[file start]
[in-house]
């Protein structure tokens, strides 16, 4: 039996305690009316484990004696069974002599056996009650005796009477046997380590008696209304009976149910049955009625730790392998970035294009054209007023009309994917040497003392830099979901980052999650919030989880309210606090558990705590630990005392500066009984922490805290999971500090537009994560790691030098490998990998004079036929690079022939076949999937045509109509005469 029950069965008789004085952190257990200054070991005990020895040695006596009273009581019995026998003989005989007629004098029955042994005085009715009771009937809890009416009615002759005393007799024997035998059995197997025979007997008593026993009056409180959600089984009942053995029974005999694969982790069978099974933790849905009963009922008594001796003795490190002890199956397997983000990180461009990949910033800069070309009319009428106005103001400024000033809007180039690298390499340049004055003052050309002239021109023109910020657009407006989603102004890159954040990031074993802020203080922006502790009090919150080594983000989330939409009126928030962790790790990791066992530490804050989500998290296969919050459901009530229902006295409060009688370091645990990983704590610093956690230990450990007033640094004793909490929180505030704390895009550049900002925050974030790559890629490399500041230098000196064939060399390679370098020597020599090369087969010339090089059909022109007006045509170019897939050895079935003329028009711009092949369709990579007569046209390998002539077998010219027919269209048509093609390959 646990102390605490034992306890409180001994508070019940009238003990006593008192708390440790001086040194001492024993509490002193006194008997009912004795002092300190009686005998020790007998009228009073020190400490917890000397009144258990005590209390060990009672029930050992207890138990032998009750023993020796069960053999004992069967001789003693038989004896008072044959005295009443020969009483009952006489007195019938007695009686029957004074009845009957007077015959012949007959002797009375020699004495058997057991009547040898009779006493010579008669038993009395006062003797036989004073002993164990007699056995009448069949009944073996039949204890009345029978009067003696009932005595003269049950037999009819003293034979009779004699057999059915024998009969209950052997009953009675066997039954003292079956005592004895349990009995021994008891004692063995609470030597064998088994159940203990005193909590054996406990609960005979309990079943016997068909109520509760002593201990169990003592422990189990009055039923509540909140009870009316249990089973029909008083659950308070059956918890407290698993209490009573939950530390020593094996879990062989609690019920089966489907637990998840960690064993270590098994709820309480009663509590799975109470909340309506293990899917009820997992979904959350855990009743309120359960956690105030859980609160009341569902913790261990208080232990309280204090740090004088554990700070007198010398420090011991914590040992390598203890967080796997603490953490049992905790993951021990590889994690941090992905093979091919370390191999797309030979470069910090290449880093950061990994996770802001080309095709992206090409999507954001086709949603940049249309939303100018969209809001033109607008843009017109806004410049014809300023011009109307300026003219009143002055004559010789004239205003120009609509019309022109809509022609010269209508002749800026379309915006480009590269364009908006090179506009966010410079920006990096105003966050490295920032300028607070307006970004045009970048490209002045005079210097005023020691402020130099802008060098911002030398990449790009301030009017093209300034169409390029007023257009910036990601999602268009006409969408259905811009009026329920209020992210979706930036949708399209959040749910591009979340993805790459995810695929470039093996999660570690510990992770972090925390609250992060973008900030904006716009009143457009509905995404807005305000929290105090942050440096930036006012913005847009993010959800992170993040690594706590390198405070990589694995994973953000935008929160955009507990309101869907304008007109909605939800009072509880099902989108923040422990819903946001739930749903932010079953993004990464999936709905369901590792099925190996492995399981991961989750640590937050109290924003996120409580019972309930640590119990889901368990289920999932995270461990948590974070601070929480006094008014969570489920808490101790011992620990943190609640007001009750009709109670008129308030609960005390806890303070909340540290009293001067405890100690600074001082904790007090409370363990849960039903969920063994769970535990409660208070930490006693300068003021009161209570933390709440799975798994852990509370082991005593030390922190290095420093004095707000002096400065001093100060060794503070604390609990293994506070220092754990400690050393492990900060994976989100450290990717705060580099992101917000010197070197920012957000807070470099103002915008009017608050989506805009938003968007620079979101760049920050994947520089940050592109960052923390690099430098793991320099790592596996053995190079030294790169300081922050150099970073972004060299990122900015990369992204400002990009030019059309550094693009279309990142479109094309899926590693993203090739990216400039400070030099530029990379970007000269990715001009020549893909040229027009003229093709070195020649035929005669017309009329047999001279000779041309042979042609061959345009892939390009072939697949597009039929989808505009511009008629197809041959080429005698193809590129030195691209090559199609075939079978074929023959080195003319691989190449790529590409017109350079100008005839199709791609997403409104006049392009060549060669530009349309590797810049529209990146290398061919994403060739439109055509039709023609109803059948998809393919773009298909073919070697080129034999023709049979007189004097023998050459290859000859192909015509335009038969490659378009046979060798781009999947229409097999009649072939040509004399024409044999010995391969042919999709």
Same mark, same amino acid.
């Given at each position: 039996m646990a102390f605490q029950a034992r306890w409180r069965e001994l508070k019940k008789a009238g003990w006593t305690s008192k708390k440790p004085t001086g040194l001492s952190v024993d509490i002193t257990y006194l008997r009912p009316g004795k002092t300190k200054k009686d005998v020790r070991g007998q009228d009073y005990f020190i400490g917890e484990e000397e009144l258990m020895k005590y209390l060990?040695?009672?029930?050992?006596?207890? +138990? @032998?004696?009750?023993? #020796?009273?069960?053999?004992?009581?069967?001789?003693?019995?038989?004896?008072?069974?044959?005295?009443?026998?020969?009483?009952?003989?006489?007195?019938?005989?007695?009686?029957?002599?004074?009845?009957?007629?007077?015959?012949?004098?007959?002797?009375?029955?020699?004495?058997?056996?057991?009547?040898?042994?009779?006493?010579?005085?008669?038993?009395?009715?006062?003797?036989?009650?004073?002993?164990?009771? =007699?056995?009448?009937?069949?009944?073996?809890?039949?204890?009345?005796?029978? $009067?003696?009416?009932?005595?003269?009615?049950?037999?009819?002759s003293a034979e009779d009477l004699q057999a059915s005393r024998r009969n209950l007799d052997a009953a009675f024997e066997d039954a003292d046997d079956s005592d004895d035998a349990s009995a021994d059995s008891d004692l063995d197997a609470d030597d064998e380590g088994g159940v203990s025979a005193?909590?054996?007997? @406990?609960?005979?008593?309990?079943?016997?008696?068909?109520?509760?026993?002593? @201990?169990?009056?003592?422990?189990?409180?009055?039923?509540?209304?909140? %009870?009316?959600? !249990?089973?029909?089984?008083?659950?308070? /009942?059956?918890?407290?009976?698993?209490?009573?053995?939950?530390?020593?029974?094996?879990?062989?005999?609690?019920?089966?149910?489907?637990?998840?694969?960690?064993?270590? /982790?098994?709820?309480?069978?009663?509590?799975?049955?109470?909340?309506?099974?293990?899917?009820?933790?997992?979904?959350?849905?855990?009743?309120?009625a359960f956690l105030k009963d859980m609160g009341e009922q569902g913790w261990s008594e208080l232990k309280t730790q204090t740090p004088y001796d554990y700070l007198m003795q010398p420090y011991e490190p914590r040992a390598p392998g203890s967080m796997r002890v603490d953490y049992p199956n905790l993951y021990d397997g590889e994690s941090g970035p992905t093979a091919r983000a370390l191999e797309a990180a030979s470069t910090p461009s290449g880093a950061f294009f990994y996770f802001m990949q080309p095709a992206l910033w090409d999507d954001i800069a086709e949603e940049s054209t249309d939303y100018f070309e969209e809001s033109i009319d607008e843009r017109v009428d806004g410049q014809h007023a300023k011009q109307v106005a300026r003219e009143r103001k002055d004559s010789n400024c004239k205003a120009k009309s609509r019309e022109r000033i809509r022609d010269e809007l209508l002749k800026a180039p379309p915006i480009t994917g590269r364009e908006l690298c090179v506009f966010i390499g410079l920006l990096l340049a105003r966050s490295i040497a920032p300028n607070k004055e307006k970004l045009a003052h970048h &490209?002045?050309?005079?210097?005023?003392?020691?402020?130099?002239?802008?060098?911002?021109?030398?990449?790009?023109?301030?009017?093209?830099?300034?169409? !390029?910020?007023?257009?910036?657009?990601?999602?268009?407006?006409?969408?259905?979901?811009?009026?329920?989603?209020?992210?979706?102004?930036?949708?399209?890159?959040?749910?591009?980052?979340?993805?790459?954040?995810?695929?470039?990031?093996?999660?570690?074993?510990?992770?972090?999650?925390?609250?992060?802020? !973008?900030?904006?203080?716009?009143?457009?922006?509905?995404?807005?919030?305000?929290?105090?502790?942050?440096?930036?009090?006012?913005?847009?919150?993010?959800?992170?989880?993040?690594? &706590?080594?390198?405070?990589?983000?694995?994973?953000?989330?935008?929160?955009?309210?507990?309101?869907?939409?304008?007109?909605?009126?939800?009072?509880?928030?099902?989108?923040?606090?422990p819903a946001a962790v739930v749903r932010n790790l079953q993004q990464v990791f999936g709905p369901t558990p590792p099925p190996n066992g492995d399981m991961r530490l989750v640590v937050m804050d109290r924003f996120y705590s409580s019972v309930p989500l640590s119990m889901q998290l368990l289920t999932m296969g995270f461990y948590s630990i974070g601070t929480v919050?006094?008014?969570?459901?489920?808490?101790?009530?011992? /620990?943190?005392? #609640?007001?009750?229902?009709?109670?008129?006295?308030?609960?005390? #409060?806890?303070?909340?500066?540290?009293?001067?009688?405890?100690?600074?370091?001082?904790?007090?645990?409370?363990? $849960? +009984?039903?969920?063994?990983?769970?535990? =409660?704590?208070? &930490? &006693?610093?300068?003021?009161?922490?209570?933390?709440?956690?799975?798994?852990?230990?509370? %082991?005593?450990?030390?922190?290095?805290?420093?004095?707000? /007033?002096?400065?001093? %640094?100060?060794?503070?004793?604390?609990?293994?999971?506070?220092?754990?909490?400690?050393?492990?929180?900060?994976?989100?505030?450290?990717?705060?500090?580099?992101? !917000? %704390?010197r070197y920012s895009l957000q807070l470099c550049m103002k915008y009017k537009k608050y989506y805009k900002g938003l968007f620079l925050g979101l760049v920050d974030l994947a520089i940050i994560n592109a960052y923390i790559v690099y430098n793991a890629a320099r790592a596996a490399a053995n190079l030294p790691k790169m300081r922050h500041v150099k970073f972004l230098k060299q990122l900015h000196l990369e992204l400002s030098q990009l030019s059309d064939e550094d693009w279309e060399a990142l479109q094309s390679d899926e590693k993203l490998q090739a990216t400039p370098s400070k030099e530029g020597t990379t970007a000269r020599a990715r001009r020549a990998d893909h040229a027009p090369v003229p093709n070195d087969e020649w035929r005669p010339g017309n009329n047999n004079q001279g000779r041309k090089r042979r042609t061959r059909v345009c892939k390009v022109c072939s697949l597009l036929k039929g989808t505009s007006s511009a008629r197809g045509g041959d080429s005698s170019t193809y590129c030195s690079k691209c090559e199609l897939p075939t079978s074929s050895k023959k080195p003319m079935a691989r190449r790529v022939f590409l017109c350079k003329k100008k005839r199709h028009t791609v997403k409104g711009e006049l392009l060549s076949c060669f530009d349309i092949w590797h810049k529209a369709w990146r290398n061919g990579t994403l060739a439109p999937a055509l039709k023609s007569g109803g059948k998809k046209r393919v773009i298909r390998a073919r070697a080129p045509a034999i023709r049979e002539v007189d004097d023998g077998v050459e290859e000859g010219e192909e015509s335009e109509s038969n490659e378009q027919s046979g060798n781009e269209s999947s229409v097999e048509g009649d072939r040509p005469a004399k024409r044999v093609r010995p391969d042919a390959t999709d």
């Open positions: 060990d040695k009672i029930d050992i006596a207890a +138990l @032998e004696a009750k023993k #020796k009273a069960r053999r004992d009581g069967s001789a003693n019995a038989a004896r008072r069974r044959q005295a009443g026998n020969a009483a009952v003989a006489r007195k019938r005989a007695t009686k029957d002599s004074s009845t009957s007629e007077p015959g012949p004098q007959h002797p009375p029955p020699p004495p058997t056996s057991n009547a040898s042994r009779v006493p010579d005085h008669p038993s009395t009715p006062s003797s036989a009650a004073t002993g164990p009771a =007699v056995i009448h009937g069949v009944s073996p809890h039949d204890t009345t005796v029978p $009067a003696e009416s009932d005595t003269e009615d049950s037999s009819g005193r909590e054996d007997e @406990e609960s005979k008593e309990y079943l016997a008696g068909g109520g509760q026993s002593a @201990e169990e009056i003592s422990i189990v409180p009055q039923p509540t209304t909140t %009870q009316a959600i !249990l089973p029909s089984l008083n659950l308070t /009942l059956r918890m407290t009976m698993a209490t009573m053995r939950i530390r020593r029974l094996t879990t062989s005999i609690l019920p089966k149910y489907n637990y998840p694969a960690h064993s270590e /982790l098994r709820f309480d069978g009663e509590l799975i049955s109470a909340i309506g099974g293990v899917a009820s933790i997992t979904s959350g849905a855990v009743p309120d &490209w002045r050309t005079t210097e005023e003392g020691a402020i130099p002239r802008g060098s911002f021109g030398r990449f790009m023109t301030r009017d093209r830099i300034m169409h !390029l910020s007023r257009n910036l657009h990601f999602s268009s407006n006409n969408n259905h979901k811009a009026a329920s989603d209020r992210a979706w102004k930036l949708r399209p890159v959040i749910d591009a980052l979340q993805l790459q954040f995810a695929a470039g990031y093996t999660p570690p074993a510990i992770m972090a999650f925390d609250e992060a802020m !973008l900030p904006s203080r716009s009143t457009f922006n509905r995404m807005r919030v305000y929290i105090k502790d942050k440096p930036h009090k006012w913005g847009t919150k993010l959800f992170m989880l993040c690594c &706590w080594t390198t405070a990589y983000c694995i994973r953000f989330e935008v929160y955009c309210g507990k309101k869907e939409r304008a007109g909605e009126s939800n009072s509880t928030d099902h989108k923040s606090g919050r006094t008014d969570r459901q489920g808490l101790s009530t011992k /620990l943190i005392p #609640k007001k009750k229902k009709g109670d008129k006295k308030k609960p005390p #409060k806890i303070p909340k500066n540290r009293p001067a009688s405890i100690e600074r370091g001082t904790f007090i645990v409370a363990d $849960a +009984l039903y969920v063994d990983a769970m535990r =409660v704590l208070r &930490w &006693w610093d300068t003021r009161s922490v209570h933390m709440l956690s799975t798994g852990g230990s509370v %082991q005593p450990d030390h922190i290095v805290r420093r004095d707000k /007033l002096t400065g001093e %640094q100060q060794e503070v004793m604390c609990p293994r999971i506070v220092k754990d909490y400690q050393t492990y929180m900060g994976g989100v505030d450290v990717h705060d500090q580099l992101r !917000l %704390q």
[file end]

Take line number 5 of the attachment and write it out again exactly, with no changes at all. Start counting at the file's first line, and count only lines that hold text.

């Open positions: 060990d040695k009672i029930d050992i006596a207890a +138990l @032998e004696a009750k023993k #020796k009273a069960r053999r004992d009581g069967s001789a003693n019995a038989a004896r008072r069974r044959q005295a009443g026998n020969a009483a009952v003989a006489r007195k019938r005989a007695t009686k029957d002599s004074s009845t009957s007629e007077p015959g012949p004098q007959h002797p009375p029955p020699p004495p058997t056996s057991n009547a040898s042994r009779v006493p010579d005085h008669p038993s009395t009715p006062s003797s036989a009650a004073t002993g164990p009771a =007699v056995i009448h009937g069949v009944s073996p809890h039949d204890t009345t005796v029978p $009067a003696e009416s009932d005595t003269e009615d049950s037999s009819g005193r909590e054996d007997e @406990e609960s005979k008593e309990y079943l016997a008696g068909g109520g509760q026993s002593a @201990e169990e009056i003592s422990i189990v409180p009055q039923p509540t209304t909140t %009870q009316a959600i !249990l089973p029909s089984l008083n659950l308070t /009942l059956r918890m407290t009976m698993a209490t009573m053995r939950i530390r020593r029974l094996t879990t062989s005999i609690l019920p089966k149910y489907n637990y998840p694969a960690h064993s270590e /982790l098994r709820f309480d069978g009663e509590l799975i049955s109470a909340i309506g099974g293990v899917a009820s933790i997992t979904s959350g849905a855990v009743p309120d &490209w002045r050309t005079t210097e005023e003392g020691a402020i130099p002239r802008g060098s911002f021109g030398r990449f790009m023109t301030r009017d093209r830099i300034m169409h !390029l910020s007023r257009n910036l657009h990601f999602s268009s407006n006409n969408n259905h979901k811009a009026a329920s989603d209020r992210a979706w102004k930036l949708r399209p890159v959040i749910d591009a980052l979340q993805l790459q954040f995810a695929a470039g990031y093996t999660p570690p074993a510990i992770m972090a999650f925390d609250e992060a802020m !973008l900030p904006s203080r716009s009143t457009f922006n509905r995404m807005r919030v305000y929290i105090k502790d942050k440096p930036h009090k006012w913005g847009t919150k993010l959800f992170m989880l993040c690594c &706590w080594t390198t405070a990589y983000c694995i994973r953000f989330e935008v929160y955009c309210g507990k309101k869907e939409r304008a007109g909605e009126s939800n009072s509880t928030d099902h989108k923040s606090g919050r006094t008014d969570r459901q489920g808490l101790s009530t011992k /620990l943190i005392p #609640k007001k009750k229902k009709g109670d008129k006295k308030k609960p005390p #409060k806890i303070p909340k500066n540290r009293p001067a009688s405890i100690e600074r370091g001082t904790f007090i645990v409370a363990d $849960a +009984l039903y969920v063994d990983a769970m535990r =409660v704590l208070r &930490w &006693w610093d300068t003021r009161s922490v209570h933390m709440l956690s799975t798994g852990g230990s509370v %082991q005593p450990d030390h922190i290095v805290r420093r004095d707000k /007033l002096t400065g001093e %640094q100060q060794e503070v004793m604390c609990p293994r999971i506070v220092k754990d909490y400690q050393t492990y929180m900060g994976g989100v505030d450290v990717h705060d500090q580099l992101r !917000l %704390q």